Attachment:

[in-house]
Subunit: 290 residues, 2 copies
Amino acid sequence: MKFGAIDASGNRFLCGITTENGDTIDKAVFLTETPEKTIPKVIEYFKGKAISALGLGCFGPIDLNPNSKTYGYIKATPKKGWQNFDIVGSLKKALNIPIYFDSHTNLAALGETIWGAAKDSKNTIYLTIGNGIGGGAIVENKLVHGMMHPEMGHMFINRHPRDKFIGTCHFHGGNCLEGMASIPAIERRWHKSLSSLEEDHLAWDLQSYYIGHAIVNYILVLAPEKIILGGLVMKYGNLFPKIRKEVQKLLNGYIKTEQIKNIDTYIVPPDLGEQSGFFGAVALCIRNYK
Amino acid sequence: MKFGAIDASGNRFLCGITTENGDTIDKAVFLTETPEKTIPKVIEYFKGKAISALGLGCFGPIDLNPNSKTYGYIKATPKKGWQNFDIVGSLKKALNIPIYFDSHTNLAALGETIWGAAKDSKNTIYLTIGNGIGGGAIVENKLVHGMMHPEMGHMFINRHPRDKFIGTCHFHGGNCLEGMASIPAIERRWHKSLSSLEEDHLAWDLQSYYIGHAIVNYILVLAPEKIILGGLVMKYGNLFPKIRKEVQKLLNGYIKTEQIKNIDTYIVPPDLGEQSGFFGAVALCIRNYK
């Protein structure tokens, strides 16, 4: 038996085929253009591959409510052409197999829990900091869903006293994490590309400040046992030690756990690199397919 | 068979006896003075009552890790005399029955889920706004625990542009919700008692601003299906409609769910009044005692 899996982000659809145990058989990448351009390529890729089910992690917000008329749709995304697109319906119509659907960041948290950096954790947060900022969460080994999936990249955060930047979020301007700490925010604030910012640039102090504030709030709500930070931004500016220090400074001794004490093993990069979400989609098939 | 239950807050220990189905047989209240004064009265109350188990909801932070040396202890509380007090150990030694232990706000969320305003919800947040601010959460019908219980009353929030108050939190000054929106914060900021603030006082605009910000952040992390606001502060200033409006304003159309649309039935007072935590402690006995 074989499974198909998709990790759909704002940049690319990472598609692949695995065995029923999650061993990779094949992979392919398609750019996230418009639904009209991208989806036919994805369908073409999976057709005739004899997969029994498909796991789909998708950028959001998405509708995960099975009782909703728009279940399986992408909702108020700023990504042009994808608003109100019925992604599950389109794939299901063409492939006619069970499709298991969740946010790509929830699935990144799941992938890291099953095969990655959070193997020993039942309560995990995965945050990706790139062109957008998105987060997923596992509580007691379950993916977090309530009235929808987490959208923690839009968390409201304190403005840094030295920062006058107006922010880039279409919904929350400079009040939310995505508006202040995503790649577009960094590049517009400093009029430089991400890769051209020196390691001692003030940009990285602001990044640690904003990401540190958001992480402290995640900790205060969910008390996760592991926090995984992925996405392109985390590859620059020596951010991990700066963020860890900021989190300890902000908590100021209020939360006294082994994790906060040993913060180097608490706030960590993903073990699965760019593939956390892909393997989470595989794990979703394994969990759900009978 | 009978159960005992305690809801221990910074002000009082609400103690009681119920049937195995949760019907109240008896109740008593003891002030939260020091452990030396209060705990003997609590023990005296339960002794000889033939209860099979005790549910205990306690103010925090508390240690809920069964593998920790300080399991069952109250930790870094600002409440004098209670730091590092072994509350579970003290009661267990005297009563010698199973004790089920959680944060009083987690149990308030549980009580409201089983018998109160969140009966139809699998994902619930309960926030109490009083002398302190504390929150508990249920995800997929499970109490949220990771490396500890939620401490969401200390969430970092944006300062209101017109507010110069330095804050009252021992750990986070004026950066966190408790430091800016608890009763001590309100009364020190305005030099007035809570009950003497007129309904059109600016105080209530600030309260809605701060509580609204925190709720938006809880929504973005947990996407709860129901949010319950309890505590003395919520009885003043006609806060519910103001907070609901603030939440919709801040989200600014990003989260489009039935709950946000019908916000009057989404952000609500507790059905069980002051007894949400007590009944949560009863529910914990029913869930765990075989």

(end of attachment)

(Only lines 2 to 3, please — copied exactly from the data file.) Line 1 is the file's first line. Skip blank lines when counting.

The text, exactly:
Subunit: 290 residues, 2 copies
Amino acid sequence: MKFGAIDASGNRFLCGITTENGDTIDKAVFLTETPEKTIPKVIEYFKGKAISALGLGCFGPIDLNPNSKTYGYIKATPKKGWQNFDIVGSLKKALNIPIYFDSHTNLAALGETIWGAAKDSKNTIYLTIGNGIGGGAIVENKLVHGMMHPEMGHMFINRHPRDKFIGTCHFHGGNCLEGMASIPAIERRWHKSLSSLEEDHLAWDLQSYYIGHAIVNYILVLAPEKIILGGLVMKYGNLFPKIRKEVQKLLNGYIKTEQIKNIDTYIVPPDLGEQSGFFGAVALCIRNYK